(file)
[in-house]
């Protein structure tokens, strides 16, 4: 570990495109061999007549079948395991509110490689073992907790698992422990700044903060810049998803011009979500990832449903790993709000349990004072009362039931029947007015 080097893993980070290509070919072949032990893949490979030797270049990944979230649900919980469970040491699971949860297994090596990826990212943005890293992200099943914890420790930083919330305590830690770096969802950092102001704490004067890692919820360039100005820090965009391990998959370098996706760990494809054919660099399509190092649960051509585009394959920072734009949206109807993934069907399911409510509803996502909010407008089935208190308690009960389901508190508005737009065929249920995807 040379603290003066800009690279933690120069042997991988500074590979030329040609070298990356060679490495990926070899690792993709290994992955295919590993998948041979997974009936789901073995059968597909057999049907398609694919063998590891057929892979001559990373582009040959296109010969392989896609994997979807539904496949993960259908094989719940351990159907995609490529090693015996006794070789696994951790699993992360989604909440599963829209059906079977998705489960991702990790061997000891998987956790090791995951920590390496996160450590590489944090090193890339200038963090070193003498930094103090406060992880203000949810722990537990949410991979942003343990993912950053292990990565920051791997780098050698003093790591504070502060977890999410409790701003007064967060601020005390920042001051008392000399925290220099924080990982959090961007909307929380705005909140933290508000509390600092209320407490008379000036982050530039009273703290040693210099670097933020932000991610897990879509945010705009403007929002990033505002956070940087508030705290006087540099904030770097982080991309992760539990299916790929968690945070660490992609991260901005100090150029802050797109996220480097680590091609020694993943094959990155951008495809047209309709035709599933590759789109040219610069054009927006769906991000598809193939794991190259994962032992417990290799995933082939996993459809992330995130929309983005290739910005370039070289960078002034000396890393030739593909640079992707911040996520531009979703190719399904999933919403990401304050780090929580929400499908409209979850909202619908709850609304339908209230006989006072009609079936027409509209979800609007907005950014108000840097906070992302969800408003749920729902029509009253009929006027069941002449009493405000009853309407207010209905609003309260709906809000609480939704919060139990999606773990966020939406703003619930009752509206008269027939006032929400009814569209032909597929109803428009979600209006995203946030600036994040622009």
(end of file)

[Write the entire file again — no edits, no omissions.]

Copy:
[in-house]
């Protein structure tokens, strides 16, 4: 570990495109061999007549079948395991509110490689073992907790698992422990700044903060810049998803011009979500990832449903790993709000349990004072009362039931029947007015 080097893993980070290509070919072949032990893949490979030797270049990944979230649900919980469970040491699971949860297994090596990826990212943005890293992200099943914890420790930083919330305590830690770096969802950092102001704490004067890692919820360039100005820090965009391990998959370098996706760990494809054919660099399509190092649960051509585009394959920072734009949206109807993934069907399911409510509803996502909010407008089935208190308690009960389901508190508005737009065929249920995807 040379603290003066800009690279933690120069042997991988500074590979030329040609070298990356060679490495990926070899690792993709290994992955295919590993998948041979997974009936789901073995059968597909057999049907398609694919063998590891057929892979001559990373582009040959296109010969392989896609994997979807539904496949993960259908094989719940351990159907995609490529090693015996006794070789696994951790699993992360989604909440599963829209059906079977998705489960991702990790061997000891998987956790090791995951920590390496996160450590590489944090090193890339200038963090070193003498930094103090406060992880203000949810722990537990949410991979942003343990993912950053292990990565920051791997780098050698003093790591504070502060977890999410409790701003007064967060601020005390920042001051008392000399925290220099924080990982959090961007909307929380705005909140933290508000509390600092209320407490008379000036982050530039009273703290040693210099670097933020932000991610897990879509945010705009403007929002990033505002956070940087508030705290006087540099904030770097982080991309992760539990299916790929968690945070660490992609991260901005100090150029802050797109996220480097680590091609020694993943094959990155951008495809047209309709035709599933590759789109040219610069054009927006769906991000598809193939794991190259994962032992417990290799995933082939996993459809992330995130929309983005290739910005370039070289960078002034000396890393030739593909640079992707911040996520531009979703190719399904999933919403990401304050780090929580929400499908409209979850909202619908709850609304339908209230006989006072009609079936027409509209979800609007907005950014108000840097906070992302969800408003749920729902029509009253009929006027069941002449009493405000009853309407207010209905609003309260709906809000609480939704919060139990999606773990966020939406703003619930009752509206008269027939006032929400009814569209032909597929109803428009979600209006995203946030600036994040622009």